Archive for October, 2012


The Oppressed Christian?

In the early days of this blog, I think I may have posted a few times on the prevailing view of supposedly well-educated U.S. citizens (and probably those of most Western nations) toward Christianity. More on that in a moment, though, after I ridicule off-the-deep-end evangelistic former child star Kirk Cameron for his take on his own “crucifixion” for his beliefs.

Cameron is a moron. He left his critical thinking at the door a long time ago (if he ever possessed it), a fact made most obviously when he did a video with another loonball Christian about how the banana is “the atheist’s nightmare” because it somehow proves the existence of God. (Here on YouTube, and also here)

I’m a Christian. While I don’t know the precise nature and scope of God, I do believe in Him and that Jesus was His son (whether literally or spiritually) in whom was vested God’s power and the ability to grant salvation to all humans, among other neat skills like healing and making wine out of water, both of which would come in handy at a lot of parties (oh, Jesus made jokes, people, and I love my savior; don’t go pointing sacrilege fingers at me if you’re Christian).

None of these beliefs of mine, however, interfere with my belief in (and respect for) science. I simply have faith that there is a spiritual realm and a temporal one, and you can’t prove or disprove one with the other.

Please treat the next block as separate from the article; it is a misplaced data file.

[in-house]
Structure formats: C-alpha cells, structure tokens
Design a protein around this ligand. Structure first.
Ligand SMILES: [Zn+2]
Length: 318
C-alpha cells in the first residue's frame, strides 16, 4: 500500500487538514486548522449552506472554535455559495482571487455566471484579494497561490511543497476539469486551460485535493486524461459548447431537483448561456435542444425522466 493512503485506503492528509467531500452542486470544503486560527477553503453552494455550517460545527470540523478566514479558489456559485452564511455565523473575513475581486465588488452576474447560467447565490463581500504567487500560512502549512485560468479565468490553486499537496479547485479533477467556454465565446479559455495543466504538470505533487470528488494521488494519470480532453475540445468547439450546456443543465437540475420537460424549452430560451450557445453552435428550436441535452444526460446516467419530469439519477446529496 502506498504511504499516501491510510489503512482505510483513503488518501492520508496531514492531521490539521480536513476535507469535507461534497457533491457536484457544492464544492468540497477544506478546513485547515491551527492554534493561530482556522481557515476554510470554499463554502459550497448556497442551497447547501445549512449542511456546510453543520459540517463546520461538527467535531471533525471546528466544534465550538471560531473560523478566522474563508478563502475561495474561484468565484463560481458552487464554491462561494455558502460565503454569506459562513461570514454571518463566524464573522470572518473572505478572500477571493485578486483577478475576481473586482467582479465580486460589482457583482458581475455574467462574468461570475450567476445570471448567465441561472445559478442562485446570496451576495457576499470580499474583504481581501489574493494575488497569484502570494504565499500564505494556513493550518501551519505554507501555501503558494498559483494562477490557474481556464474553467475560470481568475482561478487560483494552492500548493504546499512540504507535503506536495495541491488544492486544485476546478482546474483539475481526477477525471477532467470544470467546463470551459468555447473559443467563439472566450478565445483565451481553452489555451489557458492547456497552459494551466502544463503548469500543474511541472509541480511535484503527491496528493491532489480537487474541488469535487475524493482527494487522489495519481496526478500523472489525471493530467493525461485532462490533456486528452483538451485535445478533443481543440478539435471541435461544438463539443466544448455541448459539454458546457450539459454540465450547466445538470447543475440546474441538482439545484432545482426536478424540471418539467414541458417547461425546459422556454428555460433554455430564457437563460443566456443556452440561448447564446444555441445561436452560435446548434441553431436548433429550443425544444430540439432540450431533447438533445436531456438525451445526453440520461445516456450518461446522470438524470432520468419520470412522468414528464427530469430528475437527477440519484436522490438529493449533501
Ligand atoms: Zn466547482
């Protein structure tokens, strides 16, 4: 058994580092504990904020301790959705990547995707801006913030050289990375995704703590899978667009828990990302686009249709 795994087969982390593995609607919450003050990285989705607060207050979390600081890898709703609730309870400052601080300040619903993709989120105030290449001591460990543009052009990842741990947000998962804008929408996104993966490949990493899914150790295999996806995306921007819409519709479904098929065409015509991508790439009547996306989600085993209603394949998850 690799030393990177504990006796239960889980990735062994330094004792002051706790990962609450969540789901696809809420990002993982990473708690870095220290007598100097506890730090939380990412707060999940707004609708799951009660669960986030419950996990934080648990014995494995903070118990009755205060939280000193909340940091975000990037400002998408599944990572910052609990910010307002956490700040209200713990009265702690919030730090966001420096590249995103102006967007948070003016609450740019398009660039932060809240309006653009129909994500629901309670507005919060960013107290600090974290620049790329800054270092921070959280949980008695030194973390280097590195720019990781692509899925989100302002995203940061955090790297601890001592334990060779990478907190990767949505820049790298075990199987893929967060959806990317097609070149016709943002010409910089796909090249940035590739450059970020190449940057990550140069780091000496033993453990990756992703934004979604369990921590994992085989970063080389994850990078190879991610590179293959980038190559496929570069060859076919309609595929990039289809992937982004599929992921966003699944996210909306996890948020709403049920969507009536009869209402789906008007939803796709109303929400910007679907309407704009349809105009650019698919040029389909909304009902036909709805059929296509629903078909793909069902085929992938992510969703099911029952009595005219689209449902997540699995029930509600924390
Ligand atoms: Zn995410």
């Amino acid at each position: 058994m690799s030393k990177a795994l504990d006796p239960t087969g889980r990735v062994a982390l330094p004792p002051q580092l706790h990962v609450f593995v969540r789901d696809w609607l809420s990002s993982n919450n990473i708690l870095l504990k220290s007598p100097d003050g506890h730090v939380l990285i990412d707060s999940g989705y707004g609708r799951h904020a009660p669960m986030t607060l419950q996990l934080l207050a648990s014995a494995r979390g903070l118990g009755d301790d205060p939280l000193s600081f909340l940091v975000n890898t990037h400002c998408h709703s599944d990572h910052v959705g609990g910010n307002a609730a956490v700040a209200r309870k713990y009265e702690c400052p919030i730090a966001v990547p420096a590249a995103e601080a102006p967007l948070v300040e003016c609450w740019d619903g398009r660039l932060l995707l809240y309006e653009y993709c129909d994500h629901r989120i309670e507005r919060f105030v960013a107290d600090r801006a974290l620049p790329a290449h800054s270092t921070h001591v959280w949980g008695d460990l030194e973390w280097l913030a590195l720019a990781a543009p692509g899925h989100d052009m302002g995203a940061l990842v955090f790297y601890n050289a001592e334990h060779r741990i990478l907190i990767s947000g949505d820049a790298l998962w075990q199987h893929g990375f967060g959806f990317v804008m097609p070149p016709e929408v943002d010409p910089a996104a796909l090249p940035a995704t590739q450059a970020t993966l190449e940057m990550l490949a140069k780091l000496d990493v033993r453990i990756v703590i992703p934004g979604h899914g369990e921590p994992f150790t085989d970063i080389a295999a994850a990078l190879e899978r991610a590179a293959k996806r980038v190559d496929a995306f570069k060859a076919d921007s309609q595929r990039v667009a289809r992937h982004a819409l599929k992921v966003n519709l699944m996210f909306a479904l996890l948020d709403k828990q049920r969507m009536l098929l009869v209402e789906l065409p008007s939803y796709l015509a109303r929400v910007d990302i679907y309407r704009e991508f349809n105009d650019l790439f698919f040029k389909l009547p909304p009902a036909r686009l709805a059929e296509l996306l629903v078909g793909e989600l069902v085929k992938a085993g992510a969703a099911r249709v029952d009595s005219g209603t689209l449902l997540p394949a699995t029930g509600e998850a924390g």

People like Kirk Cameron, though, make people like me look bad. And believe me, there are many people like me. Some 20 percent of the U.S. populations considers itself “unchurched” now (that doesn’t meant they’re all atheists; some of you evangelical atheists out there need to read about those stats more closely), so it’s clear that the church in all its forms has failed miserably to move with the times (regardless of the specific faith). And move it must, the Christian church being one of the most notable these days, as it always has in the past, adapting and evolving many times, no matter how many Christian leaders try to convince people otherwise.

Cameron thinks he’s being crucified for being called out on his homophobia, a bigotry which is entirely out of step with Christian love and acceptance of people where they are at. (By the way, in fair disclosure, I’ve had some out-of-step opinions about same-gender relations in the past on this blog, but even though I no longer see it as a sin…even when I did, I didn’t see it as worse than any other sins we all commit.) Cameron is, again, a moron. Also a slightly blasphemous moron, since Jesus and a whole lot of other people endured Roman crucifixion, and based on what I’ve read about it, no level of public ridicule compares to that suffering. So, suck it, Kirk Cameron.